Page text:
Proposal made to restructure Surfstitch
Administrators FTI Consulting, appointed last week, notified creditors of the proposal at a meeting in Sydney on Tuesday morning, but FTI senior MD John Park declined to say what the response was, other than that the meeting was “quick” and “calm”.
Park would not confirm whether major shareholder and co-founder Justin Cameron was behind the proposal, but said Cameron did not attend the creditor meeting.
“I’ve received one draft deed of company proposal this morning,” Park said. “It’s a proposal to see…a relisting of the vehicle.”
Creditors include management, advisors and the shareholders associated with the Quinn Emanuel Urquhart & Sullivan and Gadens shareholder class actions, as well as Crown Financial’s Kim Sundell, who also has pending legal action against the company.
FTI expects to receive more restructure proposals for the company over the next 30-50 days before its due to deliver its report and recommendation to creditors about the future of the business.
Liquidation is still a possibility, although not something that Park believes will deliver an optimal outcome for stakeholders.
“My experience is that creditors look upon a deed of company arrangement a lot more favourably than a liquidation scenario,” he said.
“[Litigators will] be looking for a palatable commercial outcome.”
The administration was undertaken to put a stay on the legal proceedings. Park said a restructure would be the only outcome that would generate a return for shareholders.
“[Litigaton funders] have indicated that they are receptive to looking at some form of restructuring proposal which takes into account their interests and they will assess it on its merits and make a decision,” Park told journalists on Tuesday afternoon.
Park could not quantify what the company owed to creditors, citing the inability to determine the value of the pending legal action.
Quinn Emanuel filed a $100 million class action on behalf of shareholders against SurfStitch in May and was in the process of negotiating a settlement with the company when it entered voluntary administration two weeks ago.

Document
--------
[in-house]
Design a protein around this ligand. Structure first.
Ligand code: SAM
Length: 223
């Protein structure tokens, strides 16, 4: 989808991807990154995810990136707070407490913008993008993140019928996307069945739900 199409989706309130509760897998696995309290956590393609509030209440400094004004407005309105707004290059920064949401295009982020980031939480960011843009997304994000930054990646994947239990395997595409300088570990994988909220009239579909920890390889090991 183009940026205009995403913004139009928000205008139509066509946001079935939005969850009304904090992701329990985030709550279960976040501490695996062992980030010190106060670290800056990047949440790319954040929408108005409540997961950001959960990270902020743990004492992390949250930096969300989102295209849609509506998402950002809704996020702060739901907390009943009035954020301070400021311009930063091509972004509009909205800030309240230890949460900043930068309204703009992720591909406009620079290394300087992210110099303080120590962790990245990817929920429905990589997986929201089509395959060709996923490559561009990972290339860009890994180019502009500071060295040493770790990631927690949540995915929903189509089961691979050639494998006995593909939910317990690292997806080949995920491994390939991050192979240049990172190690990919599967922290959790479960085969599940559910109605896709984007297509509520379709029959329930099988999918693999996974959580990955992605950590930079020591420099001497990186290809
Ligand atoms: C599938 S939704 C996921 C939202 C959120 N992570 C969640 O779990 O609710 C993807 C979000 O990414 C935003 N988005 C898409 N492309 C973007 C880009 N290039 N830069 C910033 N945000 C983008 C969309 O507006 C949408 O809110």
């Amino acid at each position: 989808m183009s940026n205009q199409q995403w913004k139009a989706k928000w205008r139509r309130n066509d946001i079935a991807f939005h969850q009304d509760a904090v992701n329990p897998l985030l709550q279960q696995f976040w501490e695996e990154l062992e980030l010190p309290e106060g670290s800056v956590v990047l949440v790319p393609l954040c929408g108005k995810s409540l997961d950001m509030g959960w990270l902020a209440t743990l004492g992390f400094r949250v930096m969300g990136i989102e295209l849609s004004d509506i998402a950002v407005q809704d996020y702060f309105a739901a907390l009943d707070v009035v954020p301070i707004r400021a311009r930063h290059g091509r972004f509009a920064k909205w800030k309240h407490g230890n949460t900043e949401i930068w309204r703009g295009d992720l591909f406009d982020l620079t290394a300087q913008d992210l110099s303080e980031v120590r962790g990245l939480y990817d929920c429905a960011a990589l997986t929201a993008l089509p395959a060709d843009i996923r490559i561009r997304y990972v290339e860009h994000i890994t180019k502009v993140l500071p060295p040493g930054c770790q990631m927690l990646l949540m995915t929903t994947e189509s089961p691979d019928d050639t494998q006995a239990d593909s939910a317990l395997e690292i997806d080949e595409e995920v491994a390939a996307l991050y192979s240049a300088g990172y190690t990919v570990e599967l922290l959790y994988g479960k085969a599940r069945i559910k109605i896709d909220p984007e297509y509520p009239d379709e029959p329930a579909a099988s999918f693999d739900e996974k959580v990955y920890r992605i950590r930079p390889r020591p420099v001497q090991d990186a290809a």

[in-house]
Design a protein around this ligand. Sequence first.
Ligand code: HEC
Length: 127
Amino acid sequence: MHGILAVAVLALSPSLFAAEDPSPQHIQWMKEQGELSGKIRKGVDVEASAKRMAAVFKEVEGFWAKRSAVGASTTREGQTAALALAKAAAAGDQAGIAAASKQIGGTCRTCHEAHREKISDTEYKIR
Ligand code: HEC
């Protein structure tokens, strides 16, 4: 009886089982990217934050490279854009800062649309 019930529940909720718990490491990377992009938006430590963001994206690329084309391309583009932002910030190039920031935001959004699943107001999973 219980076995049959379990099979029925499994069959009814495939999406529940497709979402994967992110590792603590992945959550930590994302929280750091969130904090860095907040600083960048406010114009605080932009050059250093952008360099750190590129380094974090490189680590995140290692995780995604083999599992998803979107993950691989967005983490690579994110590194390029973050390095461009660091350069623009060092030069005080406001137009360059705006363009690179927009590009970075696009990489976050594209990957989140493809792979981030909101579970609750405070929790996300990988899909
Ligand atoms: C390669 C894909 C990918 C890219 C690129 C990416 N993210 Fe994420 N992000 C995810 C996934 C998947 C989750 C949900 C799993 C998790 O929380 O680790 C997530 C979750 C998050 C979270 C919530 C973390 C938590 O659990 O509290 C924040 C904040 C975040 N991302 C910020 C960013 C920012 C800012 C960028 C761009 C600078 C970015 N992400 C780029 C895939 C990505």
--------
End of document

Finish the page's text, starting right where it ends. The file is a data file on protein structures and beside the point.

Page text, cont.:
Quinn Emanuel partner Damian Scattini has previously declined to say what size settlement would be acceptable to shareholders, at the time citing ongoing negotiations.
Meanwhile, Gadens did not place a specific value on the claim it filed in June, other than to say it would be a “large” claim.
“It’s a bit pointless to pluck figures out of the air. It all depends on how loss is to be calculated. What’s more, we don’t know the full spread of members of the class in order to make that calculation,” Gadens’ Melbourne-based partner, Glenn McGowan, QC, told IR last week.
McGowan said he has not been contacted by administrators, except for a standard form letter to prove the claimed debt.
“I imagine they have spoken to the [litigation] funders. But they [the administrators] will have to speak to the lawyers in each proceeding if any agreement is to be reached,” he told IR on Tuesday.
However, he has previously said he is pessimistic about shareholders’ chances of recouping losses from Surfstitch. That is why Gadens in June also filed a class action against Cameron, who, like many CEOs, holds an insurance policy.
Surfstitch’s operating subsidiaries continue to trade while the holding company is in administration, Park said there was initial concern from suppliers but that they’d been “pleased” with internal stakeholder response so far.
Representatives of Justin Cameron have been contacted for comment.